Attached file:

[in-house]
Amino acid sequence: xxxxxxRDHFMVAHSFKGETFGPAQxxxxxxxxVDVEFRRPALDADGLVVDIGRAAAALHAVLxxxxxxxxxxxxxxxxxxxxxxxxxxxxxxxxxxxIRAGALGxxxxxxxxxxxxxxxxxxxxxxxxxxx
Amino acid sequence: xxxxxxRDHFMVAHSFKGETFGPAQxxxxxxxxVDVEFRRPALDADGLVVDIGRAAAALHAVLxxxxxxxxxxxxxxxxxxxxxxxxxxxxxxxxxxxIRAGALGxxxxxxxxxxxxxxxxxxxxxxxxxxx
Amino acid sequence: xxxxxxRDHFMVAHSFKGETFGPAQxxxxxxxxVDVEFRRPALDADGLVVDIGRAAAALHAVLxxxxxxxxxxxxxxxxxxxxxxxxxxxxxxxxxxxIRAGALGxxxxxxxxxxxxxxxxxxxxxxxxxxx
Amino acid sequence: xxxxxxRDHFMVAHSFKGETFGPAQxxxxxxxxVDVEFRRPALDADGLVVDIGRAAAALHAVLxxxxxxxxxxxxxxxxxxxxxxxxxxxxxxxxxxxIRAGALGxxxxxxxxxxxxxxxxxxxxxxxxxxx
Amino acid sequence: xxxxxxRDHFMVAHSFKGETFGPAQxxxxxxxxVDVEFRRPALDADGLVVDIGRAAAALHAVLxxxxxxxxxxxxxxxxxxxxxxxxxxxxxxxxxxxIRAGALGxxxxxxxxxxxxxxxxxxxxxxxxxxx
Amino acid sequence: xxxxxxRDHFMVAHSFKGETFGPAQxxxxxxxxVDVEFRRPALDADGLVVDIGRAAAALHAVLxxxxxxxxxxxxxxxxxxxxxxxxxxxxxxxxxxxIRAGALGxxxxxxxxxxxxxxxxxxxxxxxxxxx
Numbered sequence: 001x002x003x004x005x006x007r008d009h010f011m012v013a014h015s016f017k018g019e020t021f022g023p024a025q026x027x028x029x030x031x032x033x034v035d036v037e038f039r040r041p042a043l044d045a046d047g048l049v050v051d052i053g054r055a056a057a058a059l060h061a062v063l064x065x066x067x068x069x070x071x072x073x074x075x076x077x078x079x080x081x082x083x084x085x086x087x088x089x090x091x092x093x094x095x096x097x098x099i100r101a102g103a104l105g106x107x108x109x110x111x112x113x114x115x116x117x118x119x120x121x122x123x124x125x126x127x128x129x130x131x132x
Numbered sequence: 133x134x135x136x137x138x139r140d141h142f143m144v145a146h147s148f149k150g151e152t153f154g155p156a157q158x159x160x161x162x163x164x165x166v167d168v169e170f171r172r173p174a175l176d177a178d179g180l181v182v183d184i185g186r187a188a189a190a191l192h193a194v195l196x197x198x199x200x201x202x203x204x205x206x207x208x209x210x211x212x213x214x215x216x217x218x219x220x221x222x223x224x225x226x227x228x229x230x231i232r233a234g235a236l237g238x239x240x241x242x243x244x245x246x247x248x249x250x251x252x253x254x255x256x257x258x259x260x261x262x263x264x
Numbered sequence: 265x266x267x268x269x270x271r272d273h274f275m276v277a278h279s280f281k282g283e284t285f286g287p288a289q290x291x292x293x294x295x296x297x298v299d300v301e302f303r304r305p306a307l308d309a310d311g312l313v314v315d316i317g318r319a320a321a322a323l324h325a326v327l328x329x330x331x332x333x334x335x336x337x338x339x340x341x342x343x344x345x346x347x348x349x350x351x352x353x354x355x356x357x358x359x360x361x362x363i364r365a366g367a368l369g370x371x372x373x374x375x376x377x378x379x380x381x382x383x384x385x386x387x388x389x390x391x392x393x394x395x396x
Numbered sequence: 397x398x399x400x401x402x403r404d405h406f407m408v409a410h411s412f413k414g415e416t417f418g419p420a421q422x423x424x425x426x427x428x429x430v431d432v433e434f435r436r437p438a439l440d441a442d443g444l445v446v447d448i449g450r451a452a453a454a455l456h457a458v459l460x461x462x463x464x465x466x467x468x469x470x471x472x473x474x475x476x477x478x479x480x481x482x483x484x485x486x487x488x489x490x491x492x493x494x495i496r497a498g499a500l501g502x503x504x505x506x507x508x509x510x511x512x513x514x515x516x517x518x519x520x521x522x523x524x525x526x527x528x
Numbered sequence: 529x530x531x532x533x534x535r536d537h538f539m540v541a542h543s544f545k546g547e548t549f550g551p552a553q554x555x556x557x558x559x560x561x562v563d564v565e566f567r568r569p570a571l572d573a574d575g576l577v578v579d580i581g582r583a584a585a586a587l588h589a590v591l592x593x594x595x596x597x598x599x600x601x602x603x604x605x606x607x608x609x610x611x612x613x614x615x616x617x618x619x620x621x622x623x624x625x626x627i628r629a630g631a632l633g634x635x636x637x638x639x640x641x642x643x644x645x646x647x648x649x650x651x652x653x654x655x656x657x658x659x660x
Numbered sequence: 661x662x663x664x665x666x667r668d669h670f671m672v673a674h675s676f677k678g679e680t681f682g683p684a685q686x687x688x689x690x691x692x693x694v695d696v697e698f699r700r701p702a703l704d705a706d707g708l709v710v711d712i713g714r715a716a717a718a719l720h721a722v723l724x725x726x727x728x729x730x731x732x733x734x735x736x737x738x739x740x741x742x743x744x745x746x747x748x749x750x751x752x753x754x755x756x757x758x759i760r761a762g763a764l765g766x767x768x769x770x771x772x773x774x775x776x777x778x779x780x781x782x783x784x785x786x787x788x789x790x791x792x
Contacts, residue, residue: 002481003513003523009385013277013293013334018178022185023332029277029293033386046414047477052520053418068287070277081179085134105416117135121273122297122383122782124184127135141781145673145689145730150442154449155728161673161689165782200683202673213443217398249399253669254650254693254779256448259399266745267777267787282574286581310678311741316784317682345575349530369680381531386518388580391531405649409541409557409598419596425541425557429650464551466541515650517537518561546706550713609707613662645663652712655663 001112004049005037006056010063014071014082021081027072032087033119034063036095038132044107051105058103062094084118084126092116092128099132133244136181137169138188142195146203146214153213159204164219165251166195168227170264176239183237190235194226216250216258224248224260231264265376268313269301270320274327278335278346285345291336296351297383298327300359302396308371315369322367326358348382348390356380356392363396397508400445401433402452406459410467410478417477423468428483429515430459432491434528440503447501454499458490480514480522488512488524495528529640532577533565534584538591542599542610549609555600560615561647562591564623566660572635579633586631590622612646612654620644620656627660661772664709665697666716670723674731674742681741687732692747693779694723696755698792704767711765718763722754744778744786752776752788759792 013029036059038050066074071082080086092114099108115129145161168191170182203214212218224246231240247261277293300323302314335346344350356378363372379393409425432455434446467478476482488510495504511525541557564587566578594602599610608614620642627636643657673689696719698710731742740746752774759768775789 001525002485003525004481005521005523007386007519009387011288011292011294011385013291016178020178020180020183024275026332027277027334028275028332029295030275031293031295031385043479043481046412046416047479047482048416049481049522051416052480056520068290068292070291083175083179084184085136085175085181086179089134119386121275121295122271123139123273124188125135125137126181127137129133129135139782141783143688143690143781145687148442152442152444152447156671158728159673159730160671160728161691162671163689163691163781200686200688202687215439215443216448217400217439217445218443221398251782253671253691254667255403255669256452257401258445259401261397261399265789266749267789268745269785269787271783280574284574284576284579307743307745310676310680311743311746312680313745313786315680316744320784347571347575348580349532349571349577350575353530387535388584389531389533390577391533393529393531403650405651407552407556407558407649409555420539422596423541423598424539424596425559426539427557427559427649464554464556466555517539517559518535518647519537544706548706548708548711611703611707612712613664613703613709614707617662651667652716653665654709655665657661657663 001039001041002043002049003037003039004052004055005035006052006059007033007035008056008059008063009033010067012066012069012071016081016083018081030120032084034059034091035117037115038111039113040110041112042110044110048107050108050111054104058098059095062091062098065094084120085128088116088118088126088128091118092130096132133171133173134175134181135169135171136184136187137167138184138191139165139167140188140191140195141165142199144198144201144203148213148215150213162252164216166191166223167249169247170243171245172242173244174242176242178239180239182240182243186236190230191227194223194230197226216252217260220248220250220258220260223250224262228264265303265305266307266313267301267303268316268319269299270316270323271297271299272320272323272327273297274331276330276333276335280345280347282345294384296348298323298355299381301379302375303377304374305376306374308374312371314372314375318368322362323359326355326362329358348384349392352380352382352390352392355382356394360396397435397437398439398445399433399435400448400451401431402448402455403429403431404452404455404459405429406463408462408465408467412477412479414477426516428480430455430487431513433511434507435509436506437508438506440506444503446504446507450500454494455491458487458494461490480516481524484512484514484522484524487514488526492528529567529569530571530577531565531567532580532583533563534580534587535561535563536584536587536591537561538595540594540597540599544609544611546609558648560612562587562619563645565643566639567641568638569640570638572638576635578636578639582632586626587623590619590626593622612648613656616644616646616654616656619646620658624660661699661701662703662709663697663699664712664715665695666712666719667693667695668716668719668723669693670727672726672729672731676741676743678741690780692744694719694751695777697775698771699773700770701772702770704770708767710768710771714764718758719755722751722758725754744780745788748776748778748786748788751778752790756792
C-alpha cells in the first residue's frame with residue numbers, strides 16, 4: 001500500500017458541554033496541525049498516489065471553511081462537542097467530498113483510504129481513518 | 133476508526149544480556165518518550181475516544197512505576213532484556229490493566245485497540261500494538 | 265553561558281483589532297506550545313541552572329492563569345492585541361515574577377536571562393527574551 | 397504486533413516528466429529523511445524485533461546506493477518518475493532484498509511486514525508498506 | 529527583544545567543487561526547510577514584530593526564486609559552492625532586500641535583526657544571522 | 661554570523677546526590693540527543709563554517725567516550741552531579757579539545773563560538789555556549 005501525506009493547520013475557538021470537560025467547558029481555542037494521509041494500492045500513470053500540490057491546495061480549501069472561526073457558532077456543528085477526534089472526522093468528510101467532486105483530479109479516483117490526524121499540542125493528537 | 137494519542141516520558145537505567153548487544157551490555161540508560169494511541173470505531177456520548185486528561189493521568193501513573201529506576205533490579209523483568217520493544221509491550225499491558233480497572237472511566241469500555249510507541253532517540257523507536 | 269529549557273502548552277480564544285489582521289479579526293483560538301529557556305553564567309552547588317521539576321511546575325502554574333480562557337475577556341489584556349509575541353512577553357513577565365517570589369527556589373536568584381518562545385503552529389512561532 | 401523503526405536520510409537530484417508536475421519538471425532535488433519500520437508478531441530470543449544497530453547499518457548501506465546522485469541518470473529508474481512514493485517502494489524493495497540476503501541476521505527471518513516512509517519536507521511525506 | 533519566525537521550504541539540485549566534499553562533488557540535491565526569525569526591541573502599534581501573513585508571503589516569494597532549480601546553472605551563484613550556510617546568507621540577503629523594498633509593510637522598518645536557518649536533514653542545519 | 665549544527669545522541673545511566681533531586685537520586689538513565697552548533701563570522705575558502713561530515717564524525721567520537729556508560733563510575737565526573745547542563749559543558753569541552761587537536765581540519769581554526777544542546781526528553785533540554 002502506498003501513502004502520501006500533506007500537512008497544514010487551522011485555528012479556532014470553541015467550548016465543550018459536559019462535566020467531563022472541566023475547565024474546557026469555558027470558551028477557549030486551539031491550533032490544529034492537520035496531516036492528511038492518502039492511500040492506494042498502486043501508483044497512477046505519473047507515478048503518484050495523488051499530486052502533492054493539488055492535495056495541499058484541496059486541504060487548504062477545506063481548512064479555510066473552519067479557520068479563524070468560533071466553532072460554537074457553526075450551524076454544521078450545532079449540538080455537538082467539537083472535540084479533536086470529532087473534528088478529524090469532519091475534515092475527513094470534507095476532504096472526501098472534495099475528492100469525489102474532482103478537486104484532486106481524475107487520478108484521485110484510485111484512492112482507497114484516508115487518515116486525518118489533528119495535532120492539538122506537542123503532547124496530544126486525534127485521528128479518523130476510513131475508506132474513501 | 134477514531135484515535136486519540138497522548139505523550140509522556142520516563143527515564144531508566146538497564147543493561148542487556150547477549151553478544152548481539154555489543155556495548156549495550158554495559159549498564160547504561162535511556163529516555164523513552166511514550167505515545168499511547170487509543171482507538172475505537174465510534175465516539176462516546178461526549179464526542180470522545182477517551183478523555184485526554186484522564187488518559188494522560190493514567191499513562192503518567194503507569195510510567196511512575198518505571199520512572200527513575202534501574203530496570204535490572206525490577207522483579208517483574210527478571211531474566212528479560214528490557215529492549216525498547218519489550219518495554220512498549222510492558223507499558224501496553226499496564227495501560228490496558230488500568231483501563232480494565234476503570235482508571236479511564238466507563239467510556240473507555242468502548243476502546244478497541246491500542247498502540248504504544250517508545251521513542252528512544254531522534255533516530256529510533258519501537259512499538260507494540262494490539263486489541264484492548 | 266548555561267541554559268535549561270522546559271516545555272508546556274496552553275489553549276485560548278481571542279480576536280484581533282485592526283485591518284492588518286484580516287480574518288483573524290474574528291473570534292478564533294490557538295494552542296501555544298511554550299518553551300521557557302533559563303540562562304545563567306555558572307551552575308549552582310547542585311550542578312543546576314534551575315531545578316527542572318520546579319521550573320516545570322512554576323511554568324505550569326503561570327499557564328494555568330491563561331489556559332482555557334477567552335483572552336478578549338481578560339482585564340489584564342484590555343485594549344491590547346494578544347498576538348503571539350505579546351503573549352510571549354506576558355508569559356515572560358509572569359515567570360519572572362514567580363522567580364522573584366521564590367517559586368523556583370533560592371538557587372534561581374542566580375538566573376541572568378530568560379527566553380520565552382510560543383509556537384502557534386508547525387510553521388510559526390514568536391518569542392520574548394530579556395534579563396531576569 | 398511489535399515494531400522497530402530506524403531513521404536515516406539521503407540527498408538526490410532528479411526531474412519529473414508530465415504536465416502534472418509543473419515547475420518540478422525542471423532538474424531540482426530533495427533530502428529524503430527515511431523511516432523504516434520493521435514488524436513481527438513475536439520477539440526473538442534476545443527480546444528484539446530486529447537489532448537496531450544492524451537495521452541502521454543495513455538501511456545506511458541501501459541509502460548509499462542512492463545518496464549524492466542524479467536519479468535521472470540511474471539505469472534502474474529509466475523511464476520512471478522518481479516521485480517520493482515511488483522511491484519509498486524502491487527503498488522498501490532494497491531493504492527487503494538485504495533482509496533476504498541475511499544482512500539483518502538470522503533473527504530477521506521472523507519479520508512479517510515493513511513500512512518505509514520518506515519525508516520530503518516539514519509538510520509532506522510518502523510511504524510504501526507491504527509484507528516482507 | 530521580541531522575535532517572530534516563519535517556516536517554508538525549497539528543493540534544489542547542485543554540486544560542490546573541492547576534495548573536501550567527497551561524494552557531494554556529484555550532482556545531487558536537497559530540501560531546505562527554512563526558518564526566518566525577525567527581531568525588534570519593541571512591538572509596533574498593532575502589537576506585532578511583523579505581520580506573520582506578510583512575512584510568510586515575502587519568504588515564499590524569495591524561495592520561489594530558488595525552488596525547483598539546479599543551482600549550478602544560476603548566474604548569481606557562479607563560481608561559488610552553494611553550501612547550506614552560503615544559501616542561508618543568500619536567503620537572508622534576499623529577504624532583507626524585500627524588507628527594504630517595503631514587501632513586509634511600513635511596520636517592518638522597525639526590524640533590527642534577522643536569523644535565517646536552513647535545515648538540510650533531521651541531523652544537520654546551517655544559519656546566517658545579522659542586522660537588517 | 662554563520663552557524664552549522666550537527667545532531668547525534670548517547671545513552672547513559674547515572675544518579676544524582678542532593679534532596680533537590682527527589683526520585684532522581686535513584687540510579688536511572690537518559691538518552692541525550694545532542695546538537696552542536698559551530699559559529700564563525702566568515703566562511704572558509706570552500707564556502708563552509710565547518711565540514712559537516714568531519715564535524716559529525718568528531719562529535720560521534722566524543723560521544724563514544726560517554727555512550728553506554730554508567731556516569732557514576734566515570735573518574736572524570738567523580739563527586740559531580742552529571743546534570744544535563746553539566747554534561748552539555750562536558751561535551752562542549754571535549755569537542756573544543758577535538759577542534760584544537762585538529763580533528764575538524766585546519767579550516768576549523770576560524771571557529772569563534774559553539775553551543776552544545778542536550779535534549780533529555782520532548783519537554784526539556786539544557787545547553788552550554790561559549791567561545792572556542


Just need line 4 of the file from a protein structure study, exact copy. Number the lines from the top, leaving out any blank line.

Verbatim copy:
Amino acid sequence: xxxxxxRDHFMVAHSFKGETFGPAQxxxxxxxxVDVEFRRPALDADGLVVDIGRAAAALHAVLxxxxxxxxxxxxxxxxxxxxxxxxxxxxxxxxxxxIRAGALGxxxxxxxxxxxxxxxxxxxxxxxxxxx